Diversity & Inclusion

In a Tight Labor Market, Cultural Fit is Essential More than Ever

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With the workplace continually evolving, companies should think about hiring for cultural fit as much as or even more than technical skills. Recruiting qualified candidates with the technical skills needed for a specific job is usually the easy part. The hiring managers know the skills and can tell through a compelling interview if they have the technical part of the situation. However, determining how a candidate will fit into the organization’s culture is more challenging. The fit will be missing if a candidate’s values differ from those of the company. Let’s take a look at an example.

A couple of my client's values are enthusiasm and performance excellence. Recruiting incorporates behavioral and attitudinal questions based on our values of enthusiasm and performance. This not only allows us to capture the candidate’s personality but also places emphasis on determining if our cultural values match the candidate’s values. For example, we ask, “Describe what motivates you to do your best every day?” Recruiters listen for answers around “the challenges of my job,” “my boss appreciating our work” or “my coworkers and team.” This gives us a better understanding of what the candidate is looking for in their next career opportunity, and what the organization can offer to that candidate then we have a great potential match. Would you hire someone that answered the question: “waking up,” “gotta eat” or “money?” Yes, we have heard those answers before.

Recruiting also partners with our hiring managers discussing the value of hiring for culture. Each branch and each department has its’ own unique culture, but as mentioned above we share common values, vision, and purpose. The key is determining how the new employee would blend with the current team and match the company’s overall culture. Therefore, our team provides our hiring managers with questions based on our values, and we ask that they develop potential answers to ensure the candidates will fit into the branch/department’s culture.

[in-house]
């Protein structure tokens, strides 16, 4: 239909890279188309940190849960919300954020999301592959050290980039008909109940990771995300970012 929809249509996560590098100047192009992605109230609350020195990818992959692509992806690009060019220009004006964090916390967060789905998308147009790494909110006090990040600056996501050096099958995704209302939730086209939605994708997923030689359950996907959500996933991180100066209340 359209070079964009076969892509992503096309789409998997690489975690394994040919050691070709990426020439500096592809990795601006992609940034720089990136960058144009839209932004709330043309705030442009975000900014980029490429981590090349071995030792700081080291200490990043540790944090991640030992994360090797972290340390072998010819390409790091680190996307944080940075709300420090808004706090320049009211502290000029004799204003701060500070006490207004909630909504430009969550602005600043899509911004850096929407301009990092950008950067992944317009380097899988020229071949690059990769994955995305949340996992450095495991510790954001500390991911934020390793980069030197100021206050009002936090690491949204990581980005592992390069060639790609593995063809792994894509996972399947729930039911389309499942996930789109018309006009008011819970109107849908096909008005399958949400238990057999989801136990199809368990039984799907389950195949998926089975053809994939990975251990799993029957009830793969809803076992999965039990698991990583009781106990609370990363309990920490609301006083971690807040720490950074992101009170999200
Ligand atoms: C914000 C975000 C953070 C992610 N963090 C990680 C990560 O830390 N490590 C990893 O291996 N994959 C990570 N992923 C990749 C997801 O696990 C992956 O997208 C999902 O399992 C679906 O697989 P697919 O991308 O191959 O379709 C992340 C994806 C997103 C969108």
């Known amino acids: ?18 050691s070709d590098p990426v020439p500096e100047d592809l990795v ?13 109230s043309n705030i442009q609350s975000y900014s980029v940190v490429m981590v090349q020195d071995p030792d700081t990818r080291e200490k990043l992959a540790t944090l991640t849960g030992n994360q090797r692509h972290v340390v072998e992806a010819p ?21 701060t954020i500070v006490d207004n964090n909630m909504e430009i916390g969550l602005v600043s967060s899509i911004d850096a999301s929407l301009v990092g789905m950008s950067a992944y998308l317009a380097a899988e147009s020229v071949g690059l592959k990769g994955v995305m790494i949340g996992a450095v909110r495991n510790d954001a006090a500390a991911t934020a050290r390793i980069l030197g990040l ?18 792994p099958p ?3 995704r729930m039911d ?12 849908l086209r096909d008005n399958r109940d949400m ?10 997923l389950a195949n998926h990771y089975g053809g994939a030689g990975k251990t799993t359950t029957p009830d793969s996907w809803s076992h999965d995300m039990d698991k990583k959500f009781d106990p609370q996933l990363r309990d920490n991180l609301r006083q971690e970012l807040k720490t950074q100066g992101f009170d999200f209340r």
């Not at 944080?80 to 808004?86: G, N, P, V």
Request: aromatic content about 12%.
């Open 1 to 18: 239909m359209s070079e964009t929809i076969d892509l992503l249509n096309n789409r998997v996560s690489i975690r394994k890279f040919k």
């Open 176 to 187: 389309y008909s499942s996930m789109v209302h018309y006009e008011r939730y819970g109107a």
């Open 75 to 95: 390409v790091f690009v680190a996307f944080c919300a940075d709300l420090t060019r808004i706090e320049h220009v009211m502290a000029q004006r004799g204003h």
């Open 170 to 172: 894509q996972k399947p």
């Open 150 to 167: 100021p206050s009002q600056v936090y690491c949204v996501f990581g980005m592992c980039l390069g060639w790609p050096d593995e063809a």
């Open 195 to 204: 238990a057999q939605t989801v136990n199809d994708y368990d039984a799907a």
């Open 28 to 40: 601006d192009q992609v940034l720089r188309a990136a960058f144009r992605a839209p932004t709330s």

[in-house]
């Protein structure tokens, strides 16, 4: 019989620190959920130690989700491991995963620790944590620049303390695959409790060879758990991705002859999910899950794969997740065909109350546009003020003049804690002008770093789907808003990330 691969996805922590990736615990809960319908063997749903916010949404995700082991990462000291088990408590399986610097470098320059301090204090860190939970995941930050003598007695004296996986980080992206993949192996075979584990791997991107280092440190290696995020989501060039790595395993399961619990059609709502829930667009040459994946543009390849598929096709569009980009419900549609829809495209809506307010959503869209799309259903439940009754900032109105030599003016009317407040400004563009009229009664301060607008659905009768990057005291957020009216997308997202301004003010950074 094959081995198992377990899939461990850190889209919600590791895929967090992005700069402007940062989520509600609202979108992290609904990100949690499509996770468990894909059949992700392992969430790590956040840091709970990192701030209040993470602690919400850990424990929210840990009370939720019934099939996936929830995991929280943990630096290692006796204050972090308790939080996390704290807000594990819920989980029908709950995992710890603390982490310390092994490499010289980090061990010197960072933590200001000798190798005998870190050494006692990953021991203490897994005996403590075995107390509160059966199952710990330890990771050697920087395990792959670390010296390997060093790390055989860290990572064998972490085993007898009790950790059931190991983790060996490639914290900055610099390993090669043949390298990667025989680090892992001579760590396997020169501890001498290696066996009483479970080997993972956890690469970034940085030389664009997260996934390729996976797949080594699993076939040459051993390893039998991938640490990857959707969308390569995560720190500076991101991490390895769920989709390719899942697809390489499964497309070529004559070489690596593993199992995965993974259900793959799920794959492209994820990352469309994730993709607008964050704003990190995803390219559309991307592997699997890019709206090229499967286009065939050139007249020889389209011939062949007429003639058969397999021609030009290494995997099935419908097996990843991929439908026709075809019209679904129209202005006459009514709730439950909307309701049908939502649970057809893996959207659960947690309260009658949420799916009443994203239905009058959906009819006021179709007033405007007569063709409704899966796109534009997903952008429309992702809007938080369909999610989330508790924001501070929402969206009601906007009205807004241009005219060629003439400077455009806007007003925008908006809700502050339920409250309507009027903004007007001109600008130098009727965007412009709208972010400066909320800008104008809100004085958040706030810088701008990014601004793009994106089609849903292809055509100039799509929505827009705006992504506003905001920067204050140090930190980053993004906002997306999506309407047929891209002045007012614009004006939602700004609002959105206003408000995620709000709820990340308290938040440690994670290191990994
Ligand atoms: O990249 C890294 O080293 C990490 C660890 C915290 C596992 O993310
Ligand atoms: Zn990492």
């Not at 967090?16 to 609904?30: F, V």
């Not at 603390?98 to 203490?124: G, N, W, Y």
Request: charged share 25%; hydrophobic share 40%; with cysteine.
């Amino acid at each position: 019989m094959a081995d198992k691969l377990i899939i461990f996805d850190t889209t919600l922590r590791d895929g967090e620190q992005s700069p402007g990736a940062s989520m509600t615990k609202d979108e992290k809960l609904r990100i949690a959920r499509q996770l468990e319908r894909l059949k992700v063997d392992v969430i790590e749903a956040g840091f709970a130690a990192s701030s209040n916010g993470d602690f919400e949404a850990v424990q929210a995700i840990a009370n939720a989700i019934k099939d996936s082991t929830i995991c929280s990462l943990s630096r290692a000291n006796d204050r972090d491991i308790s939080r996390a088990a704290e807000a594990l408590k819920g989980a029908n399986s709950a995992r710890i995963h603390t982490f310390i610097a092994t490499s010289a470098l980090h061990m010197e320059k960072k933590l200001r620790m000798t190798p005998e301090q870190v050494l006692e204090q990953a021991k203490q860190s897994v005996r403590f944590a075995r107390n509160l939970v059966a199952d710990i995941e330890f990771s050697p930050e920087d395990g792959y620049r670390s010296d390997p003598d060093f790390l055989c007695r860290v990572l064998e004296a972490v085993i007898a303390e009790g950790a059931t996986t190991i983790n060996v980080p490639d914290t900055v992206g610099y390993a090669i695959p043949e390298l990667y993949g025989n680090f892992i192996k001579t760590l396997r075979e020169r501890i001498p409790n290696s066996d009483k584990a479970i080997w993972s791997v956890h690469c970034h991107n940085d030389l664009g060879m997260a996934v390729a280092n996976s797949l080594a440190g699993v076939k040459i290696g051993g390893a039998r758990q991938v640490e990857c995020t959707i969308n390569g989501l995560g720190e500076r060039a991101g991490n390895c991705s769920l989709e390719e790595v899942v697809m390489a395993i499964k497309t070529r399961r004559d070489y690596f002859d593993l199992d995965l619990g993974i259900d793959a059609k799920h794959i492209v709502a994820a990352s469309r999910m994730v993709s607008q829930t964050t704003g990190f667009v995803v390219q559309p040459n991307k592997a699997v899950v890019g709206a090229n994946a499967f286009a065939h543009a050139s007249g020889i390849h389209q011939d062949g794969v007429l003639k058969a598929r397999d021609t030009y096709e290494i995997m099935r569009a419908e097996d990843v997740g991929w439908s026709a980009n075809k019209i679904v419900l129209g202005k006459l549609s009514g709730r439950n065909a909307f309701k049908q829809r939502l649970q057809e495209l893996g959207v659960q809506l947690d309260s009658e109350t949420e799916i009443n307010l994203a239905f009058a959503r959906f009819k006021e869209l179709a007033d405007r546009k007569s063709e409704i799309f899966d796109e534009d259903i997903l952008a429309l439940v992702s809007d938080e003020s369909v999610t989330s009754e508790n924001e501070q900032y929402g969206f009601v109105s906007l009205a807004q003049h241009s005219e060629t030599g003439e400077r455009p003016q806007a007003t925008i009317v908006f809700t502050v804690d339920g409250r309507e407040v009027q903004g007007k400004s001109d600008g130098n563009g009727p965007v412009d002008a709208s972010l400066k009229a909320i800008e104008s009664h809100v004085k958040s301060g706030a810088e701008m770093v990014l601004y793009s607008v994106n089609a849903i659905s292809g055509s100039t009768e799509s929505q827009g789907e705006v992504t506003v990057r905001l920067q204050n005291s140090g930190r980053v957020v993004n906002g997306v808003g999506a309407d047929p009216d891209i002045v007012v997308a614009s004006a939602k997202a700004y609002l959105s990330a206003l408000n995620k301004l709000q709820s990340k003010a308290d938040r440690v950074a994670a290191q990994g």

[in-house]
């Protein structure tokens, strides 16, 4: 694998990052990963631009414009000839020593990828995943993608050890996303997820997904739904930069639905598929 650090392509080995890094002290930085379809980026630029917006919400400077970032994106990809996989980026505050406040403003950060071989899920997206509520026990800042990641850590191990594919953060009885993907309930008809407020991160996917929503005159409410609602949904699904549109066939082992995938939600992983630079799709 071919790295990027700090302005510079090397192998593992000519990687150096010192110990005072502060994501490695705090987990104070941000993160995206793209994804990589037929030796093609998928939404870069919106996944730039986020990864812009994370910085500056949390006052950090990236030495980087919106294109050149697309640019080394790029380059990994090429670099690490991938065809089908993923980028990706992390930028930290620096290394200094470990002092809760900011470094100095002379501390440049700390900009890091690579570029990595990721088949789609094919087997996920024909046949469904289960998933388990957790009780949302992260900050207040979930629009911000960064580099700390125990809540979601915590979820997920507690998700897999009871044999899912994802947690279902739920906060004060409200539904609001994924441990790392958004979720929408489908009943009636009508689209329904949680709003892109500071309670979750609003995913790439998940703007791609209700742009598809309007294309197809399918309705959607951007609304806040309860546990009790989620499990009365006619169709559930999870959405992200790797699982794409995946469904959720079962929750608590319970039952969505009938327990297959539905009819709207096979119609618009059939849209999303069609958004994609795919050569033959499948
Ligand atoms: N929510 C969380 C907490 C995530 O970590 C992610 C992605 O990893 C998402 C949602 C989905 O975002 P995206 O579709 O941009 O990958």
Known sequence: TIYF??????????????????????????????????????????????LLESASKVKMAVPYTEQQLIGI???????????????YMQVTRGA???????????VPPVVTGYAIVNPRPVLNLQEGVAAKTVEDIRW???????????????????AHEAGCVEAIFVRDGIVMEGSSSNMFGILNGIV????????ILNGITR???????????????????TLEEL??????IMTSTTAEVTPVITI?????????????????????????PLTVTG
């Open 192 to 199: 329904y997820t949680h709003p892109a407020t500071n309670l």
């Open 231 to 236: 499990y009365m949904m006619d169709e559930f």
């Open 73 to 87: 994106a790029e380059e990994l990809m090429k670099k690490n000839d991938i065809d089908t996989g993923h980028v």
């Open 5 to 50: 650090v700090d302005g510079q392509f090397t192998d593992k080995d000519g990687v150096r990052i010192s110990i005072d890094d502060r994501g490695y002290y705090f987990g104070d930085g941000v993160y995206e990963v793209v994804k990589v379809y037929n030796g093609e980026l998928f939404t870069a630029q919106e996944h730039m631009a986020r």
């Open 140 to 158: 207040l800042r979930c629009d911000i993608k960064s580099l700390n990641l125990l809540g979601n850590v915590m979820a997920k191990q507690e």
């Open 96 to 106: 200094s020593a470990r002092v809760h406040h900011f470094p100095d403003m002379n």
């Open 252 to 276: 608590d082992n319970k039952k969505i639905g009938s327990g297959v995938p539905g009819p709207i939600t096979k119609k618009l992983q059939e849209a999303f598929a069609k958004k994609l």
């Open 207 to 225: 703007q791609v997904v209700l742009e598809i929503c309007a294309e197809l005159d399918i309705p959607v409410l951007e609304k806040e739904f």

On the flip side, candidates are beginning to ask a lot of detailed questions about our culture. Your careers site should include a section around company culture including quotes and pictures about employees or videos. Hiring managers should be prepared for questions about the organization’s culture. Job seekers want to find a great place to work just as much as the company wants to ensure they hire the right fit. It is up to the organization’s management to talk about it.

"The challenge - find someone who is a cultural and technical fit."

"The challenge - find someone who is a cultural and technical fit."

Recruiting teams and hiring managers are challenged now more than ever to incorporate cultural fit into potential new hires. If the cultural match isn’t there, employees will just come to work and go through the motions. The employee will feel they are not valued as an employee, nor will they get involved with company activities that make the workplace a fun place to come to daily. Unfortunately, they will end up leaving within six months to a year.

A few other things to consider when recruiting for a cultural fit are, knowing your company and what it stands for, and incorporating those types of questions while interviewing a candidate. Determine which skills are needed and which skills are trainable. Always welcome internal referrals, because who better to know the culture than a current employee?

Remember, hiring someone with the technical skills may help fill a gap for a short-term period, but hiring someone that is a cultural fit will result in long-term success. Cultural knowledge is crucial for a business to survive, and to thrive, within today’s business environment.

Michael Goldberg, the Recruiting Concierge, leads his executive search and talent acquisition advisory services in Dallas.  With over 15 years of experience, contact Michael to see how he can help your organization.

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Could Starbucks Avoided Shutting Down for Bias Training?

Screenshot of the Starbucks.com Home Page the afternoon of Tuesday, May 29, 2018    

Screenshot of the Starbucks.com Home Page the afternoon of Tuesday, May 29, 2018